• Understanding of, and trust in, the trial’s scientific basis.
  • Clear explanations in advance of the start/stop criteria for ATIs.
  • Trust that researchers understood that having a detectable viral load is often stigmatised.

There can be a clash between the needs of scientific research and the needs of participants. A paper published in 2022 sought to define the characteristics of cure studies that could maximise the safety of participants while still being able to produce meaningful results. Currently, therapeutic interventions may only provide modest benefits, but studies often have too few participants to detect small differences. The researchers recommended a minimum number of 120 participants for a study to be worthwhile doing. They also recommended the use of historical controls – previous data from individuals similar to trial participants – rather than having some participants take a placebo.

It appears that potential participants often misunderstand the risks involved in cure studies. In a 2019 study, people said they would not be willing to accept the risk of having a detectable viral load during an ATI – even though this is an inevitability for most if not all participants during ATIs. Conversely, and presumably for convenience reasons, they would prefer viral loads to be monitored every month rather than weekly, even though it would increase the average amount of time spent with detectable virus and delay its detection.

Another study about how trial candidates understood the language of cure found that people would be more willing to join a trial of a medication offering the chance of 'a cure' for HIV rather than one offering 'clinical remission' – even though, in practical terms, the outcomes might be similar.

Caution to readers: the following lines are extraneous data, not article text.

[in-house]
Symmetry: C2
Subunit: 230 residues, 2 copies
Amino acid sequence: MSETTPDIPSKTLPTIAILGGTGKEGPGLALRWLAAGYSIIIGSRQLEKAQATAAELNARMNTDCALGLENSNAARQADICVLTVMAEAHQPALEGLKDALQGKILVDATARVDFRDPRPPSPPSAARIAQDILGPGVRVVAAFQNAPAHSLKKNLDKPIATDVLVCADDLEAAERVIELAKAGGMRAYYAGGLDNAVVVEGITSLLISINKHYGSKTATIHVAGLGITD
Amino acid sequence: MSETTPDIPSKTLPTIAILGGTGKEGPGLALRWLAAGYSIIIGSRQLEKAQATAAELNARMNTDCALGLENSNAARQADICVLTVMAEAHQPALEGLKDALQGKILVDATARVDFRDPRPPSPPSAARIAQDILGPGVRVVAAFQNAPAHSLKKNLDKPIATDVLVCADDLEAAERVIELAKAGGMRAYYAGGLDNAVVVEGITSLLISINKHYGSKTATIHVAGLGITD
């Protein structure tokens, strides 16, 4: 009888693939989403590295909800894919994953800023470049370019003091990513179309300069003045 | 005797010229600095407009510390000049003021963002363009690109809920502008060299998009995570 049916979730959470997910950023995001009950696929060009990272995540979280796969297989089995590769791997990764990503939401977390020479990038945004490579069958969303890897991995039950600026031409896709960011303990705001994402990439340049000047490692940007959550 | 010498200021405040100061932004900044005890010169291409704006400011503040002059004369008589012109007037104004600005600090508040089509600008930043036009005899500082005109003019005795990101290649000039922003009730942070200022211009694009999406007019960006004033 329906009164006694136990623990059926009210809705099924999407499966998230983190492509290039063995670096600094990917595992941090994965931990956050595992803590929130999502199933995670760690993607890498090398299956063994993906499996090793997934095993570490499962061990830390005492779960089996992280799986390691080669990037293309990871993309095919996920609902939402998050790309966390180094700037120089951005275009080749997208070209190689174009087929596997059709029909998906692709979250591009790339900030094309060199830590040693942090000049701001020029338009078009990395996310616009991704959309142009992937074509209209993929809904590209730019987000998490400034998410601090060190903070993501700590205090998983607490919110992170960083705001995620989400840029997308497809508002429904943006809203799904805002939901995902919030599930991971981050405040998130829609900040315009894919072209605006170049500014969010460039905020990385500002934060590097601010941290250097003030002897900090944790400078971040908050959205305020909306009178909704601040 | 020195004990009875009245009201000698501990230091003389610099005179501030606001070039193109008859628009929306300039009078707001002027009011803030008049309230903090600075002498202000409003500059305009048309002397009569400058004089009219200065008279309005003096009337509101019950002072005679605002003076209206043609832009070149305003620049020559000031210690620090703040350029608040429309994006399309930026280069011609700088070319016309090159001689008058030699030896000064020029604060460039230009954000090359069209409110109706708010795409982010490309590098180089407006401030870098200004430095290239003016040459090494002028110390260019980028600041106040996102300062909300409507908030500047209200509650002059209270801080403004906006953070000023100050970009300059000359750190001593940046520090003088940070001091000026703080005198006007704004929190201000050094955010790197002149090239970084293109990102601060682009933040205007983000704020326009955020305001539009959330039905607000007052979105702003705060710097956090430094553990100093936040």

A clinical trial is a research study that evaluates a treatment or intervention with human volunteers, in order to answer specific questions about its safety, efficacy and medical effects.


To eliminate a disease or a condition in an individual, or to fully restore health. A cure for HIV infection is one of the ultimate long-term goals of research today. It refers to a strategy or strategies that would eliminate HIV from a person’s body, or permanently control the virus and render it unable to cause disease. A ‘sterilising’ cure would completely eliminate the virus. A ‘functional’ cure would suppress HIV viral load, keeping it below the level of detection without the use of ART. The virus would not be eliminated from the body but would be effectively controlled and prevented from causing any illness. 

viral load

Measurement of the amount of virus in a blood sample, reported as number of HIV RNA copies per milliliter of blood plasma. Viral load is an important indicator of HIV progression and of how well treatment is working. 


detectable viral load

When viral load is detectable, this indicates that HIV is replicating in the body. If the person is taking HIV treatment but their viral load is detectable, the treatment is not working properly. There may still be a risk of HIV transmission to sexual partners.

analytical treatment interruption (ATI)